Your numbers weren’t picked last night. Ah, another worthless lottery ticket. No shopping spree or mortgage payoff for you. You’ll have to go to work and get your incredible wealth just like everybody else. Or, as you’ll read in “Prince of Darkness” by Shane White, you could become rich the old-fashioned way: through grift. Though he showed up in New York City in the wake of scandal, nobody knew for sure where Jeremiah G. Hamilton had come from. Some sources said he was born in the Caribbean — which he admitted to, but he also claimed Richmond, Va., as his first home. Nobody knew, though, because Hamilton, an African American man, spent most of his adult life hiding facts and creating fiction. Wherever he got his start, Hamilton launched himself early: in 1828, and “barely into his twenties,” he was involved in a counterfeit scam in Haiti that would’ve meant death, had he been caught. With the help of locals, however, he escaped and arrived in “Gotham,” but not without notice: newspapers of the day splashed the story, but Hamilton managed to keep mum on who’d helped him.  Almost immediately, he started borrowing money in a “frenetic, almost desperate” way, money he had no intention of paying back, which ultimately landed Hamilton in court: there were at least 10 lawsuits against him between 1830 and 1835, and there may’ve been more. Then came The Great Fire of 1835 in which “dozens of acres” of Manhattan were burned to the ground, along with the records of several businessmen who’d been convinced to invest with him. Hamilton denied the transactions, kept their $25,000, and gained the moniker of “Prince of Darkness.”   For the rest of his life — even after being forced to declare bankruptcy — Hamilton always landed on his feet, “shunned” other African Americans, and even invested in companies that overtly practiced racism. He died in 1875 in a “comfortable and elegant” residence he shared with his white wife and family. So why are history books silent on Hamilton’s story?  That’s a question author Shane White had, after he discovered Hamilton’s name and began digging. Could it have been due to the color of Hamilton’s skin? It’s possible, White says, but in “Prince of Darkness,” he also indicates that the lack of documentation may’ve been because Hamilton rankled white financiers and investors, and didn’t appear to care that he’d done so. That insouciance, in light of the racism that Hamilton surely endured, would be an interesting story itself but White embellishes the tale with an abundance of history and extensive biographies of other influential people of Hamilton’s time. That’s good — to a point — but it occasionally can also makes this book deadly dull. I found my mind wandering much more than I might’ve liked. So is this book worth reading?  I think so, but you may want to give it a rest now and then to regenerate yourself. Start it, take a break, repeat as necessary and you might find “Prince of Darkness” to be just the ticket. Terri Schlichenmeyer is the author of The Bookworm Sez, which is published in more than 200 newspapers and 50 magazines throughout the U.S. and Canada. Schlichenmeyer may be reached at [email protected]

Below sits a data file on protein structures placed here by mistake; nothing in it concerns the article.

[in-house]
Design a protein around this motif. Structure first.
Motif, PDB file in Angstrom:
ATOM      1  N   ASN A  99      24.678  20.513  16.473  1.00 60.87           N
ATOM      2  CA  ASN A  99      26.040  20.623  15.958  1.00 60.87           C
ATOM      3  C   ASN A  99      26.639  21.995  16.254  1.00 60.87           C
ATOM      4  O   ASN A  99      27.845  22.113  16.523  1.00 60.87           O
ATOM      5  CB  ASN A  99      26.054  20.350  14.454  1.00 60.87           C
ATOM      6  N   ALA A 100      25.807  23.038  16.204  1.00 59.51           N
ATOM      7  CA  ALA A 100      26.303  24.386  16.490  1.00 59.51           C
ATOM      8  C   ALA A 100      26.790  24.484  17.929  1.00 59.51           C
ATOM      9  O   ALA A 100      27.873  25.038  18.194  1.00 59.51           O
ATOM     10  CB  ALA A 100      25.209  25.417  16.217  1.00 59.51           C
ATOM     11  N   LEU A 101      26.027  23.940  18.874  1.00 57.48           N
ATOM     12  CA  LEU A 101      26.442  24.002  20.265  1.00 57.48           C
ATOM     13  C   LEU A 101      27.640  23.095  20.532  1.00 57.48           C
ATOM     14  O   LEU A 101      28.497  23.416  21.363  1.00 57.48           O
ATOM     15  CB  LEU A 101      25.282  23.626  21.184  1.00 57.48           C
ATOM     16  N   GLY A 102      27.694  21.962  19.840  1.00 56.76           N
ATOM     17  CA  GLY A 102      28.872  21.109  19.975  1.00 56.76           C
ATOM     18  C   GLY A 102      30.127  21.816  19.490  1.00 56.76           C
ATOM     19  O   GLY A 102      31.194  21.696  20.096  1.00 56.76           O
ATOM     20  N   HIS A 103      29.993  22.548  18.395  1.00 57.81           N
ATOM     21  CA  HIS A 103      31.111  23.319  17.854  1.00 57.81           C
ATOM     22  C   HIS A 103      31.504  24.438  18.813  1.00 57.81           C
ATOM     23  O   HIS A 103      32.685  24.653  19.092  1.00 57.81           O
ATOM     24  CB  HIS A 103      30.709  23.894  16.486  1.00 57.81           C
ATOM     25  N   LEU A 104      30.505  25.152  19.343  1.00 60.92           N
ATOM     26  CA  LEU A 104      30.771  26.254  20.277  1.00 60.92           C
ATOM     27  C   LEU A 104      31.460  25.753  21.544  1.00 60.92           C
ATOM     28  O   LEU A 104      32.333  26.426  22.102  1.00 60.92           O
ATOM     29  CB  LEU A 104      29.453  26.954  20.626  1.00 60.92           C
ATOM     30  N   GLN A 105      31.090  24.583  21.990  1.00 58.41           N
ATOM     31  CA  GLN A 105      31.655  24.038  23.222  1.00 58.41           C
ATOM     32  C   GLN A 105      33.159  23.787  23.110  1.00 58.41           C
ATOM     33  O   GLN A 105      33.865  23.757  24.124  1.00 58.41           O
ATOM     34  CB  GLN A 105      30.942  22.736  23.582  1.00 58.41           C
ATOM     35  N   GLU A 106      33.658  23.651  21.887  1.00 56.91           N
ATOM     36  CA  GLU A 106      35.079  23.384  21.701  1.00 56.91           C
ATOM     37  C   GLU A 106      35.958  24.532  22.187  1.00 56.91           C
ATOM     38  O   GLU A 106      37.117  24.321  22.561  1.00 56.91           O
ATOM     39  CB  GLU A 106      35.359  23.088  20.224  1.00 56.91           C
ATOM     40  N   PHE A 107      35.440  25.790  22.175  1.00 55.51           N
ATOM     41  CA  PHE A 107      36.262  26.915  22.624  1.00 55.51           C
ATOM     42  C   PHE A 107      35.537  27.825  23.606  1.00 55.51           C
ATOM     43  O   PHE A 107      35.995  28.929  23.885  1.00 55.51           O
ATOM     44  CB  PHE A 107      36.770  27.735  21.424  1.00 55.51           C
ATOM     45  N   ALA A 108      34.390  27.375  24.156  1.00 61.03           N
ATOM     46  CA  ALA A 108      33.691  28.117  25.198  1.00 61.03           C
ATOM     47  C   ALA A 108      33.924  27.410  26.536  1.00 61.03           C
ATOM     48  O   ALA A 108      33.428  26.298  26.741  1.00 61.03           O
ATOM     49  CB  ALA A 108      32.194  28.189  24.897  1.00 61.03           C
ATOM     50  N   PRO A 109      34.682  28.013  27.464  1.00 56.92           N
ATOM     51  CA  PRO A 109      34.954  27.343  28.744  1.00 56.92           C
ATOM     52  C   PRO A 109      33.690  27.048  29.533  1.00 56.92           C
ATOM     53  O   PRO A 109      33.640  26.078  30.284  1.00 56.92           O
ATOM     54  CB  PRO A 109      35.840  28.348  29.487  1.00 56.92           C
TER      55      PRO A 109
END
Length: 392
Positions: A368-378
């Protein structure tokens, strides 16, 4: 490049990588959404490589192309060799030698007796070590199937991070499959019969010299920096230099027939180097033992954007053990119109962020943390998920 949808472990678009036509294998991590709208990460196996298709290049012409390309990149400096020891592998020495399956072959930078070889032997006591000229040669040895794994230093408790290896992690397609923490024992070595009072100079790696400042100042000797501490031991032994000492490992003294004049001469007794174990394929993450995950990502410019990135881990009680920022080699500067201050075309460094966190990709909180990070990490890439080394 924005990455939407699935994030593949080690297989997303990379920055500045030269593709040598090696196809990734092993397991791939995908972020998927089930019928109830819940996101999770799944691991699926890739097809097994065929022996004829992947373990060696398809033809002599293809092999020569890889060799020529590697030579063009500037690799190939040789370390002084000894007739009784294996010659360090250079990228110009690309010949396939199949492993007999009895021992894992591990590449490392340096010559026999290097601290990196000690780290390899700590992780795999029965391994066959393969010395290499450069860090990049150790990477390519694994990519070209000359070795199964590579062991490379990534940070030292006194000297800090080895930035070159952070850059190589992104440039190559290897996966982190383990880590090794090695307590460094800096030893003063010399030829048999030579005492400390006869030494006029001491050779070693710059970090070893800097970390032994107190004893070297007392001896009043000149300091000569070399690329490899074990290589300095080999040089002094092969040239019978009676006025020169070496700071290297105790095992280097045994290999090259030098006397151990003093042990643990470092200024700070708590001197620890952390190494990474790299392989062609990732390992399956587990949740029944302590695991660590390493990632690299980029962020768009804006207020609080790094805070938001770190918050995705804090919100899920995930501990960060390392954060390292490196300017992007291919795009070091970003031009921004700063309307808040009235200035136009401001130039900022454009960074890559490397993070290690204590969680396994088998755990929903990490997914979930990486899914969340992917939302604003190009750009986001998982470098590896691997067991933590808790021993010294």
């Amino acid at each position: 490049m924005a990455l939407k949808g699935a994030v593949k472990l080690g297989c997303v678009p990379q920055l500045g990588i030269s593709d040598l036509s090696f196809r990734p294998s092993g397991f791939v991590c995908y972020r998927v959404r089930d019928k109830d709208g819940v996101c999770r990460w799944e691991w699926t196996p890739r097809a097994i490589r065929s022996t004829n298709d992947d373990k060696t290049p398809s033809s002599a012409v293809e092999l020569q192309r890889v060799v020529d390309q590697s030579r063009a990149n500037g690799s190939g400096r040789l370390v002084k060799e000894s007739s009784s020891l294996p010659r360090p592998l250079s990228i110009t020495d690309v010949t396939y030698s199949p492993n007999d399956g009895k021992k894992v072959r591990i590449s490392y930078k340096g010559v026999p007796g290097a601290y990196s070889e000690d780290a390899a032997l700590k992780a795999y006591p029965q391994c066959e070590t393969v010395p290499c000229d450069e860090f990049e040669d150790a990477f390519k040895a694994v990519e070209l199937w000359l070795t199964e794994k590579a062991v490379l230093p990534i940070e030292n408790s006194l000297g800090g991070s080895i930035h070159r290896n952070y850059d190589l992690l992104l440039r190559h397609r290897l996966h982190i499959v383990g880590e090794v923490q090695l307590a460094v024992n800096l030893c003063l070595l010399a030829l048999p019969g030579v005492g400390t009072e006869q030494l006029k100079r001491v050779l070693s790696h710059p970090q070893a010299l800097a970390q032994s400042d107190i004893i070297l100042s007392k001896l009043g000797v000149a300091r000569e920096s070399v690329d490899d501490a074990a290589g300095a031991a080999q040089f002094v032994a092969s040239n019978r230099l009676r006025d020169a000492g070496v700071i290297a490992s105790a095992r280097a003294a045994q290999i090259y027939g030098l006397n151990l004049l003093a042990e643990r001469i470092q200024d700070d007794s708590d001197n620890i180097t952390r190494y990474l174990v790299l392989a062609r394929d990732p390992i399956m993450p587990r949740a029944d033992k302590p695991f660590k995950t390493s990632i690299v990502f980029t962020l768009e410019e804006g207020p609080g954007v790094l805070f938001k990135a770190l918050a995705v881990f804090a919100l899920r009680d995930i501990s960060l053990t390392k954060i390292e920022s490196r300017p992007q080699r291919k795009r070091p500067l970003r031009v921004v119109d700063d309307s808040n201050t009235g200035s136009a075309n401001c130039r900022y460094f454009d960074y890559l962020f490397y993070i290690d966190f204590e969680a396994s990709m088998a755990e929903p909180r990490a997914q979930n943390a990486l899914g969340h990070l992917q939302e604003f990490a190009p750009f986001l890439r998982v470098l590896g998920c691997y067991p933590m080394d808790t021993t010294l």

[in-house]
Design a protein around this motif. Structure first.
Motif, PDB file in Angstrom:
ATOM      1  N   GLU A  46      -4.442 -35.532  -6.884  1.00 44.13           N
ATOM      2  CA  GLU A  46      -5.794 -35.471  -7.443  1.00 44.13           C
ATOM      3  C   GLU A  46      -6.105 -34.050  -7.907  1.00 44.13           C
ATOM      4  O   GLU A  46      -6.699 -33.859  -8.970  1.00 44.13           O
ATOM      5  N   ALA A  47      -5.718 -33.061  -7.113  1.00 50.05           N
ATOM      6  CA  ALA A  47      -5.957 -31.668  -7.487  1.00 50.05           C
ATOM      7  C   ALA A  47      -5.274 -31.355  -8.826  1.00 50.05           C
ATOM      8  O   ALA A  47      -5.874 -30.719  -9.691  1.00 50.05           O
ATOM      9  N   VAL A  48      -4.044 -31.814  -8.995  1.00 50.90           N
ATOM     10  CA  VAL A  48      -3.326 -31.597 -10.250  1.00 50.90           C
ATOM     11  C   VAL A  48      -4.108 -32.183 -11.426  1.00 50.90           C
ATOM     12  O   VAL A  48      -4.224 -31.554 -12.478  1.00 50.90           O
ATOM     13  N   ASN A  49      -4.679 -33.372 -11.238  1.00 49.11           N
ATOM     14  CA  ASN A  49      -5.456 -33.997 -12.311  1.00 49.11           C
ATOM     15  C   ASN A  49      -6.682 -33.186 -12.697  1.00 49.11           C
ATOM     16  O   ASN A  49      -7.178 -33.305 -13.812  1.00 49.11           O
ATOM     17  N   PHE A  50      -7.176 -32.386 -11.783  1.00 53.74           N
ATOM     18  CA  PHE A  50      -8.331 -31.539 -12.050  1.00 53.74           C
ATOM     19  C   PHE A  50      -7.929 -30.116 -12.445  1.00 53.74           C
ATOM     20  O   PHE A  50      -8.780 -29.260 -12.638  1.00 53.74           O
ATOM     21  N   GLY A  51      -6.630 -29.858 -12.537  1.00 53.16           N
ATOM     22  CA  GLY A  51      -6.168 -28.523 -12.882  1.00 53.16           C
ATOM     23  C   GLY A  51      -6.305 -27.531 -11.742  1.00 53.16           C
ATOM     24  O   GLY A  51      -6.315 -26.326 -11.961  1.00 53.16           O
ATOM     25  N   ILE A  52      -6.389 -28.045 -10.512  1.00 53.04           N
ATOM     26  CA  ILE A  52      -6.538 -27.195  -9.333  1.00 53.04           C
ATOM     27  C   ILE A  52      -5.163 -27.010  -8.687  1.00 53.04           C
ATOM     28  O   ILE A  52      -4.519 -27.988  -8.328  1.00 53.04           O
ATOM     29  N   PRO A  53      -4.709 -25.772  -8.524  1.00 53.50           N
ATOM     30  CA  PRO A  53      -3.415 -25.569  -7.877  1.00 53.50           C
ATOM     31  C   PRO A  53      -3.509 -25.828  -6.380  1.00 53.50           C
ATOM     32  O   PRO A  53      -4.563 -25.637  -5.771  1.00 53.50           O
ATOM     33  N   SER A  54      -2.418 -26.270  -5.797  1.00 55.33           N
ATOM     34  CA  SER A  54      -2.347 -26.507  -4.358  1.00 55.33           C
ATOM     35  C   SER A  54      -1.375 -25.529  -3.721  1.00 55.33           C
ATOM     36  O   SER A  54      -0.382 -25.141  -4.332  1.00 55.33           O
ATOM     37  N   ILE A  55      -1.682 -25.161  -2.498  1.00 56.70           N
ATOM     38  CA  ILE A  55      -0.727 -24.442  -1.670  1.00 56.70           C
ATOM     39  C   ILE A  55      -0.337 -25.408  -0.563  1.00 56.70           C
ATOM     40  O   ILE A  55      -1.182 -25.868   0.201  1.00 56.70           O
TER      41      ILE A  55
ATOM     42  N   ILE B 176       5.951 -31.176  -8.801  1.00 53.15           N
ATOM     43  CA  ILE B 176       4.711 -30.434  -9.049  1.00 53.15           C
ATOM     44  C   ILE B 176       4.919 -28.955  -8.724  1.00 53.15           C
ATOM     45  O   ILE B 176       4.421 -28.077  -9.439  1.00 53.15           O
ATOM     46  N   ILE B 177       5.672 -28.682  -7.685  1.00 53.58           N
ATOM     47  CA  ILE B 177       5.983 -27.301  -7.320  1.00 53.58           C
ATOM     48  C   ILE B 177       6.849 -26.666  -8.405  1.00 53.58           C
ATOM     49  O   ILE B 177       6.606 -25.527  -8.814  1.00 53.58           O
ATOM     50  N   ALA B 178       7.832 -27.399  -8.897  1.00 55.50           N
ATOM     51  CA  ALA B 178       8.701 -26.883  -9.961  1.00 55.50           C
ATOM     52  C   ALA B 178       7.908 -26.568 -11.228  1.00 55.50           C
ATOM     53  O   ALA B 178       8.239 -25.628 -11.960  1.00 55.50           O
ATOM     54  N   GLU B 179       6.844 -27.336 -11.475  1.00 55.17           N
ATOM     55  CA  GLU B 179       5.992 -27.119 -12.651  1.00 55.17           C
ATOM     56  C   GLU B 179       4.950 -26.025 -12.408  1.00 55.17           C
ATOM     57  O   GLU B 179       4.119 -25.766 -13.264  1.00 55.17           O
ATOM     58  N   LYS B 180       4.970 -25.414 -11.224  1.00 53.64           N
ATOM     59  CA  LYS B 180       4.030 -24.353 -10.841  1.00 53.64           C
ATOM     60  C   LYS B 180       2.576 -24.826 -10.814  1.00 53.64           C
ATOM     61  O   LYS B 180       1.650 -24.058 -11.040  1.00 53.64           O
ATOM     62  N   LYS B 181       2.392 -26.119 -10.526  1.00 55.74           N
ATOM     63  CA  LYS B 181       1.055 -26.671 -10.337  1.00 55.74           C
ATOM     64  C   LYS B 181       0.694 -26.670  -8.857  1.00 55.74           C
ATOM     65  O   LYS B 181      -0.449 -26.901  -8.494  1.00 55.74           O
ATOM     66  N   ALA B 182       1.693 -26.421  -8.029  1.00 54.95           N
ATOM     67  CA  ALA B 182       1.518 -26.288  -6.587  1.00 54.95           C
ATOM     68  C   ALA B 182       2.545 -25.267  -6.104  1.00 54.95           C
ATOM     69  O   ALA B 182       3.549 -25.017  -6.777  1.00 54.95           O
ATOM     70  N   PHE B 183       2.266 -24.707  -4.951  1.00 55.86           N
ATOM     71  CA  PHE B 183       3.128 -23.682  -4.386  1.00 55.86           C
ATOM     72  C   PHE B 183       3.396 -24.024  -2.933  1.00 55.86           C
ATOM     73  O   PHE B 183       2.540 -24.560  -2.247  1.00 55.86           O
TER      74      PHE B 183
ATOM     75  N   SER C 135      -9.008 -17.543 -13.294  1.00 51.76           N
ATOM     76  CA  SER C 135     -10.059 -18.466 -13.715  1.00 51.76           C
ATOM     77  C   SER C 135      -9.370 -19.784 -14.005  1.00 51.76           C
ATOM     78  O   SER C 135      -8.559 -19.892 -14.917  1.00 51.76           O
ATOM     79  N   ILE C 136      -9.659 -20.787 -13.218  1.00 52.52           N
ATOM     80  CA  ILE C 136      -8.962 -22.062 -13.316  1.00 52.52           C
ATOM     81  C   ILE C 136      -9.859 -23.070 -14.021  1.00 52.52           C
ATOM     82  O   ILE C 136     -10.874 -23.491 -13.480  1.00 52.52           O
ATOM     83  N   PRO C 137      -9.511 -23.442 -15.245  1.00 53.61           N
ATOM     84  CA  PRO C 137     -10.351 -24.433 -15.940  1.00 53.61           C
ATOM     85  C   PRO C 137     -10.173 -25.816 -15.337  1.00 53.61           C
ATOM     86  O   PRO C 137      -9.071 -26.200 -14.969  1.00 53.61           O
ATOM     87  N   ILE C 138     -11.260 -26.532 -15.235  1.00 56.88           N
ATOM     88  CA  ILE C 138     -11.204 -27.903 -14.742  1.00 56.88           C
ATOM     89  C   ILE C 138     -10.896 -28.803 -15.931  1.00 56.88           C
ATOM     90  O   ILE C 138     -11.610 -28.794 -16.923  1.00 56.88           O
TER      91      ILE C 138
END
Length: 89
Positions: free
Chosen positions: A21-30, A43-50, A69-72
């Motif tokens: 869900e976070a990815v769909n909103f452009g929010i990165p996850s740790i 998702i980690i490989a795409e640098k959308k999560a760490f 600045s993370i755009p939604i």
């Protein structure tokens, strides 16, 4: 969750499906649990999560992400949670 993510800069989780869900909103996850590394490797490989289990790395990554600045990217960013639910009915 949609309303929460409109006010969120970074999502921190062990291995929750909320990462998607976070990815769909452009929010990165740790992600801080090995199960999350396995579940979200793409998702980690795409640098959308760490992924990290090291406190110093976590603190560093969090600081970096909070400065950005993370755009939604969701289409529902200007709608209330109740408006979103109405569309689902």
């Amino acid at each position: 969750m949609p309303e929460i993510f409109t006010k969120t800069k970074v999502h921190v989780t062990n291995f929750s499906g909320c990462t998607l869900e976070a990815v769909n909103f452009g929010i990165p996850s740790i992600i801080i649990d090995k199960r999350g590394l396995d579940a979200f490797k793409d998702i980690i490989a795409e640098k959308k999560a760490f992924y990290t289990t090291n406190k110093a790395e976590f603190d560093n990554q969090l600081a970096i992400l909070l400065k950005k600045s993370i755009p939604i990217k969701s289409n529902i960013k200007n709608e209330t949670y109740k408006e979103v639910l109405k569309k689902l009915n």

GUEST COMMENTARY: A new — and improved — Northern Forum is necessary